Benefits of Captives and Insurers Working Together

Wooden puzzle pieces on a blue background

Jeremy Colombik , Adam Perea | July 15, 2021 |

Wooden puzzle pieces on a blue background

Is a captive a good fit for me? This is a question that is often asked by prospective captive owners. Many have a preconceived notion of how big they need to be for a captive to be beneficial and impactful. Whether a business grosses $1 million or $1 billion in revenue annually, there is likely room for a captive to make a positive impact on its risk management program and lower the overall total cost of risk (TCOR).

Captives give a business the power to reduce its reliance on the commercial insurance market and stabilize premiums for programs whose risk management is under control or improving year over year. Using a captive along with a Demotech or equivalent "A"-rated insurance company creates more opportunity to purchase traditionally unavailable coverages or overpriced coverages that are loss rated for a business and not the "class" of business. Access to reinsurance and excess of loss programs can create a unique blend of self-insurance and fully insured programs. With the ability to customize policy language and take larger retentions, a captive can take more control of the claims process. As an added benefit to a captive insurance company, the premiums and underwriting profits can be invested to increase the financial stability and can give the captive more leverage to take on more risk. By blending a Demotech or equivalent "A"-rated insurance company and a captive, the business that needs the insurance can achieve some of the following benefits.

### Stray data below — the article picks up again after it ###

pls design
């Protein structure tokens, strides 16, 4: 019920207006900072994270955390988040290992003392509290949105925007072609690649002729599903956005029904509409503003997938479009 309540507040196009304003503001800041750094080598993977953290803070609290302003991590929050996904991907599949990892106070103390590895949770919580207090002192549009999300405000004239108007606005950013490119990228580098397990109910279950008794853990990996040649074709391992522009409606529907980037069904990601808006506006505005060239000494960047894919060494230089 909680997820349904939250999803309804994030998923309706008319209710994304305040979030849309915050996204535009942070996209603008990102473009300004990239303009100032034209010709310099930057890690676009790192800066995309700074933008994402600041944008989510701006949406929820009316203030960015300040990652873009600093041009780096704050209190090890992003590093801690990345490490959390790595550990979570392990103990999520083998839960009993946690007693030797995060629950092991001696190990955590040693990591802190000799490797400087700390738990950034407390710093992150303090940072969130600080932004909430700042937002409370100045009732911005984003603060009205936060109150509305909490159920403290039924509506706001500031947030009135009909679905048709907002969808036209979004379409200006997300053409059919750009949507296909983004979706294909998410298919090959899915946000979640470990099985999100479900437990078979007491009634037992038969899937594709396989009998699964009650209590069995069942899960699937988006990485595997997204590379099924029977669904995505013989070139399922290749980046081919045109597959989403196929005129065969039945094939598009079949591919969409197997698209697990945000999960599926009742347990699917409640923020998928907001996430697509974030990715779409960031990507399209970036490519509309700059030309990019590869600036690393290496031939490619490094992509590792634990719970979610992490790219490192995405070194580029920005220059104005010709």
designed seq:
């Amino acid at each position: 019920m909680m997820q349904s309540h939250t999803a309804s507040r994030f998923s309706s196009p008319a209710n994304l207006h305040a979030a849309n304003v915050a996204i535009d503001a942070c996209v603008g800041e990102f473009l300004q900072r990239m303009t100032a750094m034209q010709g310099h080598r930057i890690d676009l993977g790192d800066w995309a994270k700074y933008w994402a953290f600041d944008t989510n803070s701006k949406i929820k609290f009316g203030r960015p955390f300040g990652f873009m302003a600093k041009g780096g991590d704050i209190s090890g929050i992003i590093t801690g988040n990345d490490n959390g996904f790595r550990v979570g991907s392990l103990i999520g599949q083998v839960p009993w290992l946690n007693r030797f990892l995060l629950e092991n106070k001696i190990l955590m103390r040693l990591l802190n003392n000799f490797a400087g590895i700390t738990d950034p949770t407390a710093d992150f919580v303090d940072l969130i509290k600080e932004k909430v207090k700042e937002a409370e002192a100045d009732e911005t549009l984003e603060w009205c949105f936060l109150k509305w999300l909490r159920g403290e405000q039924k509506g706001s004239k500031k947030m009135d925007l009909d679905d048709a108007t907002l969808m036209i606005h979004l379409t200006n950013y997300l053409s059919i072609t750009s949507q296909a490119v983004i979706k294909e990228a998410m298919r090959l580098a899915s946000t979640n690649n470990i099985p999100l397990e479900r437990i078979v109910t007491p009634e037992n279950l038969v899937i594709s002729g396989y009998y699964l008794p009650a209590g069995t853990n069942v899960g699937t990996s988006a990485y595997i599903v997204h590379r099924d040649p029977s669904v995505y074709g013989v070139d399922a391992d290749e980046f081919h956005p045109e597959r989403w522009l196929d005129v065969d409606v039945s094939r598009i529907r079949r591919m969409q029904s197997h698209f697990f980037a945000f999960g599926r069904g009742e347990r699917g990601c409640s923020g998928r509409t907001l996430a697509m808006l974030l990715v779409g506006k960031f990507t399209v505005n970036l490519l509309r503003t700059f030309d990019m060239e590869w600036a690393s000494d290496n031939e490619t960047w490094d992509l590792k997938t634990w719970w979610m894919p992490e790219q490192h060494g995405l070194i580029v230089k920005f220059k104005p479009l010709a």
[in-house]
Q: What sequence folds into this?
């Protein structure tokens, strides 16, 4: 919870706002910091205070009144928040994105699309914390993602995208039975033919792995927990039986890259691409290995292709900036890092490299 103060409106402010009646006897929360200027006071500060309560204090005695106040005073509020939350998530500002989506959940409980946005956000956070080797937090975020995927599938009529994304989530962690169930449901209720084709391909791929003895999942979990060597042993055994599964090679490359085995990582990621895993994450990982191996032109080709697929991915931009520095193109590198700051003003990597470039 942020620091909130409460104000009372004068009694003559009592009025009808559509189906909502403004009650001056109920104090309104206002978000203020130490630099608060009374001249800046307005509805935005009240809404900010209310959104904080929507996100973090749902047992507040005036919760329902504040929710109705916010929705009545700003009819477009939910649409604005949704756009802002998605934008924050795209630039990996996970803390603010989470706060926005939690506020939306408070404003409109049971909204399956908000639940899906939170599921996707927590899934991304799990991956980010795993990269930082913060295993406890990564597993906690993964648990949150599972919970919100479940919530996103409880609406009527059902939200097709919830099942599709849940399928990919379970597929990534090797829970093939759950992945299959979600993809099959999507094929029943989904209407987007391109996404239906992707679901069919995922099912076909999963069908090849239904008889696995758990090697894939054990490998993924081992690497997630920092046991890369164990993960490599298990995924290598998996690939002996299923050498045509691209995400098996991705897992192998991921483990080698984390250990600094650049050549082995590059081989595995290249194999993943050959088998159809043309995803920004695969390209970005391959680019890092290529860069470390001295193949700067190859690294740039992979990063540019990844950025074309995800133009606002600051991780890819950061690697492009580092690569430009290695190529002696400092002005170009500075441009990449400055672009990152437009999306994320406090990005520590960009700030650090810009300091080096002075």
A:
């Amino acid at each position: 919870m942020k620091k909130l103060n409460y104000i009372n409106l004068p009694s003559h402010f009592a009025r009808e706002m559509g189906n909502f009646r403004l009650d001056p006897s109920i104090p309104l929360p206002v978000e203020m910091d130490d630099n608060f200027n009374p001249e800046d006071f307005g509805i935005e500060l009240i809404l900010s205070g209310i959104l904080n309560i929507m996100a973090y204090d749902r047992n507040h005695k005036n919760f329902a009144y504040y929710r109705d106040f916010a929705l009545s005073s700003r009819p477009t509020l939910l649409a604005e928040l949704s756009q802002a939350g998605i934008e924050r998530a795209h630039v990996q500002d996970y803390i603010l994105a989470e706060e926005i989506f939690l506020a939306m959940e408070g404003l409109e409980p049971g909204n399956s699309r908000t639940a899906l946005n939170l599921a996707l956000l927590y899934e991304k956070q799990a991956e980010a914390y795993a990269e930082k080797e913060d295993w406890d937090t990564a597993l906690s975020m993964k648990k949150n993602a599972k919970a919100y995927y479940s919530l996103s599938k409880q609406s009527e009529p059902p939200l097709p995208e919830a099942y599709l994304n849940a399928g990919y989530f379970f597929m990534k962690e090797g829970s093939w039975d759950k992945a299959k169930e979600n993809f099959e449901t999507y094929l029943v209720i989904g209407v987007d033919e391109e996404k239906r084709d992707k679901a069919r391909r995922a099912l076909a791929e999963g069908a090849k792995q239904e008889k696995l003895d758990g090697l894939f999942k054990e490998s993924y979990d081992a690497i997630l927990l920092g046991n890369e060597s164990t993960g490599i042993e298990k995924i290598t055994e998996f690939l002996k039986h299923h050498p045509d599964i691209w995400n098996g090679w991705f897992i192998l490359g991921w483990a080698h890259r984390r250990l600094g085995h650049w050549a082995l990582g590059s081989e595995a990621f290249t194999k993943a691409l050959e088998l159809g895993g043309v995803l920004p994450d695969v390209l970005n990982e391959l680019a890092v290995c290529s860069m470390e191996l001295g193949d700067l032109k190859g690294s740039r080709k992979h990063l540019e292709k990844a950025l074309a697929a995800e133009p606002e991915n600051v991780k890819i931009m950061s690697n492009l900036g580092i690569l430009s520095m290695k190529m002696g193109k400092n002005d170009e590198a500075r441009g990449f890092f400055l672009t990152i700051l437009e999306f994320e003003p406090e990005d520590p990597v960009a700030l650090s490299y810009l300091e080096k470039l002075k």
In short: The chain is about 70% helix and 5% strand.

Reduce the Necessity of Commercial Insurance

Over time, a captive insurance company can generate underwriting profit that can be used to sustainably write greater limits. As a captive's surplus grows, this can be used to increase deductibles and/or move policies from the commercial market to the captive. A deductible optimization can be a useful exercise to undergo while determining the right mix of commercial insurance and the deductible a captive can insure.

One thing that can often deter an owner from taking a large deductible is that an insurer will often require collateral to issue a large deductible policy. These are usually in excess of $100,000. This is where a Demotech or equivalent "A"-rated insurer can issue a policy and encourage captives to insure larger deductibles while not requiring collateral.

Premium Stabilization

In this current hardening market, as owners go into renewals, they are faced with increasing premiums across the board. They are either required to increase deductibles significantly to minimize premium increases or question why the market is setting prices based on an industry classification and the overall performance of the industry rather than the performance of the insured. A captive can help to stabilize pricing by individually loss rating the policies it's writing based on the insured's performance and not the industry class as a whole. If historical losses of an insured are good and continue to remain under control, pairing a captive with an insurance company can provide stability regardless of the broad industry's performance. Keeping rates as flat as possible while maximizing underwriting profits can lower the total cost of risk and provide stability while also protecting an insured's balance sheet.